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Chinese Retail Sales: The Asian Giant is Back?

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Chinese Retail Sales: The Asian Giant is Back?
A few weeks ago, China shocked the market by posting Q1 GDP growth that exceeded all expectations. This was followed by an improvement in investor sentiment, particularly benefitting the commodity currencies. But, given the general negative tone of the data from the months in question, investors worried that the data might just be an outlier.

So, now that we are going to be getting Chinese data from after the end of Q1, there is likely to be keen interest to see if the growth continues into the second quarter. Last week, Chinese trade data showed that the internal economy had healthy demand. That could be a sign that the stimulus measures from the government might finally be paying off.

Good News is Not Good News

However, a modest rebound in the Chinese economic data might end up disappointing markets more than giving them a boost. Investors have been hoping that poor performance in China would lead to increased government stimulus. That would be particularly relevant to the housing industry, which has high demand for commodities. If the rest of the Chinese economy is rebounding, then the pressure to stimulate the economy will diminish, and that could lead to investors pricing in less demand for certain raw materials.

As if to confirm that fear, the latest development in the housing saga is that it has been reported that Chinese officials are urging the government to buy up empty housing in cities with “excess” developments. This implies that the government is still in “containment” mode of the housing fallout, and isn’t providing direct support to the industry. Though, in the end, it could lead to a recovery of housing prices as it helps pull excess supply off the market. However, that might take time, and leave investors disappointed in the short term.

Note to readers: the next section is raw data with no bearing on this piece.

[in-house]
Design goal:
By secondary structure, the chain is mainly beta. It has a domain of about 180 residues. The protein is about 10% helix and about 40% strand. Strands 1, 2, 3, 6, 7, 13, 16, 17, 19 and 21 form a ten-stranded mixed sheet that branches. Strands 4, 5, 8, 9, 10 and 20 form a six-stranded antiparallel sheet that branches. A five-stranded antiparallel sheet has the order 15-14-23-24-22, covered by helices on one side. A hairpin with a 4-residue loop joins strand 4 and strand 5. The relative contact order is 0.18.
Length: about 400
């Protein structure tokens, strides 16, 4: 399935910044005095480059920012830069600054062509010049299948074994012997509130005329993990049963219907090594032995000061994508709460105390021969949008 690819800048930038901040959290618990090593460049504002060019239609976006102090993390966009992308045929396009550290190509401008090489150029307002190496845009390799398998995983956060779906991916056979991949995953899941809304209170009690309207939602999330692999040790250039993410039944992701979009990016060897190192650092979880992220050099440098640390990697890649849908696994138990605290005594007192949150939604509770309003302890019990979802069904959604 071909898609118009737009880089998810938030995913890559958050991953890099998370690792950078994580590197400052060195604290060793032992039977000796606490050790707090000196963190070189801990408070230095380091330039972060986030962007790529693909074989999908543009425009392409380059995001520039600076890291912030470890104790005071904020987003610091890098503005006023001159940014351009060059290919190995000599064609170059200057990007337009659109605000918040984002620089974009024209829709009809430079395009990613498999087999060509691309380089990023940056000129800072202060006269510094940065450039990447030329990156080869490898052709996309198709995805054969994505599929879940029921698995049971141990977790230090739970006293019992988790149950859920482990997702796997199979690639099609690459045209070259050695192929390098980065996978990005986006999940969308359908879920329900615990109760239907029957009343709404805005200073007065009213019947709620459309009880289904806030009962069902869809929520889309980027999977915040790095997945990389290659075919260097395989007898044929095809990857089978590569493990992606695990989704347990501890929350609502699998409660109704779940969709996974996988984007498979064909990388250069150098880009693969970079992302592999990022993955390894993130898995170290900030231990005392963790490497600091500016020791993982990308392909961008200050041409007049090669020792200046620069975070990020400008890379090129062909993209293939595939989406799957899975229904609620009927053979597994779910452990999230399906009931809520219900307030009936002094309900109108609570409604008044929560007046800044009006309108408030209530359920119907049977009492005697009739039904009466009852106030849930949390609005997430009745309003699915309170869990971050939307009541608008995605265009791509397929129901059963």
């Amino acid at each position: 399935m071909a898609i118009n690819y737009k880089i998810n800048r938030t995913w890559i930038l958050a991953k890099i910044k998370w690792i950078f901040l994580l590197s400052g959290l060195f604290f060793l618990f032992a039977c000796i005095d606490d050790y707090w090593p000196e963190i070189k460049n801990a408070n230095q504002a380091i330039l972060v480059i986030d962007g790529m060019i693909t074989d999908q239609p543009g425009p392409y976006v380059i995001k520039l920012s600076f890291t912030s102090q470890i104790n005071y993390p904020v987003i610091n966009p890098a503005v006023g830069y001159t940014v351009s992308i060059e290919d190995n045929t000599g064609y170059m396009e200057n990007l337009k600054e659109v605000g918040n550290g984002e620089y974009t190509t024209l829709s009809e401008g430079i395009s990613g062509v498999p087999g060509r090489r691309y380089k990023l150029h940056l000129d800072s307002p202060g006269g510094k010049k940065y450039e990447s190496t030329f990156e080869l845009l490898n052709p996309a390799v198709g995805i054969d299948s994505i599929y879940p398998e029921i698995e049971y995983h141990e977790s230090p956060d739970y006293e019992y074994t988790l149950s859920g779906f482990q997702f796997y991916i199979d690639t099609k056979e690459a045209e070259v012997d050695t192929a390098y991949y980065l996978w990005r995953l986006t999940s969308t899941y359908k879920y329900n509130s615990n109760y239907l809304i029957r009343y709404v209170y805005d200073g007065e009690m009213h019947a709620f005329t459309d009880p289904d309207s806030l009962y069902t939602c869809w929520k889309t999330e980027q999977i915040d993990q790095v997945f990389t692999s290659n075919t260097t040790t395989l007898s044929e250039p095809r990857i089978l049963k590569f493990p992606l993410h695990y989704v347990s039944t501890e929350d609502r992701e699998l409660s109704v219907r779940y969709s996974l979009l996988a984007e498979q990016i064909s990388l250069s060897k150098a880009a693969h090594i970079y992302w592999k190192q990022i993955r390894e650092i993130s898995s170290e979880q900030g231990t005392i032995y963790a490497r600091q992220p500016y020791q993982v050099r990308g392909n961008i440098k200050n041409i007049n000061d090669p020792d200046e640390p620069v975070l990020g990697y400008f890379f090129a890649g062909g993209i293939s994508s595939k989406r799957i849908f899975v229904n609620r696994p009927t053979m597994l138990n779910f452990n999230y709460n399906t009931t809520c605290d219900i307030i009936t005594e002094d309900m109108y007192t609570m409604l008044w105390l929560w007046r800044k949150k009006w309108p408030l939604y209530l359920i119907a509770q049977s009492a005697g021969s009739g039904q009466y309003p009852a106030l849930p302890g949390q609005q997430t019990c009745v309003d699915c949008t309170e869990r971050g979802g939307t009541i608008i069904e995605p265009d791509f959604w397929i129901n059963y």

But Fuel Demand Remains High

While investors might be disappointed about the lack of demand for things such as steel for rebar in housing, or copper for electric cables to illuminate homes, the potential rebound in industry is a boon for a different commodity: Fuel. China is the world’s largest crude importer, and the pick up in industrial activity in the first quarter saw imports increase substantially.

Beijing confirmed that Russian President Vladimir Putin would be visiting President Xi Xinping later this month, with oil likely to be among the important topics of conversation heading into the winter. Higher temperatures have increased demand for electricity, and thus the demand for oil. With Saudi Arabia curtailing three million bbl/day, China might need to look for other sources to satisfy its energy needs without driving up inflation that could hurt consumer demand.

The Upcoming Data

China will release a barrage of data tomorrow, but a couple of the data points will be more important for the market. Industrial production could be the most important for commodities, including crude, and is expected to speed up growth to an annual rate of 5.6% from 4.5% prior.

Chinese Retail Sales for April  are expected to also accelerate to 3.5% annualized growth from 3.1% prior. This increase in consumer confidence could be a sign that the Chinese domestic economy is surging back, and be more beneficial for exporters of consumer goods, such as New Zealand.

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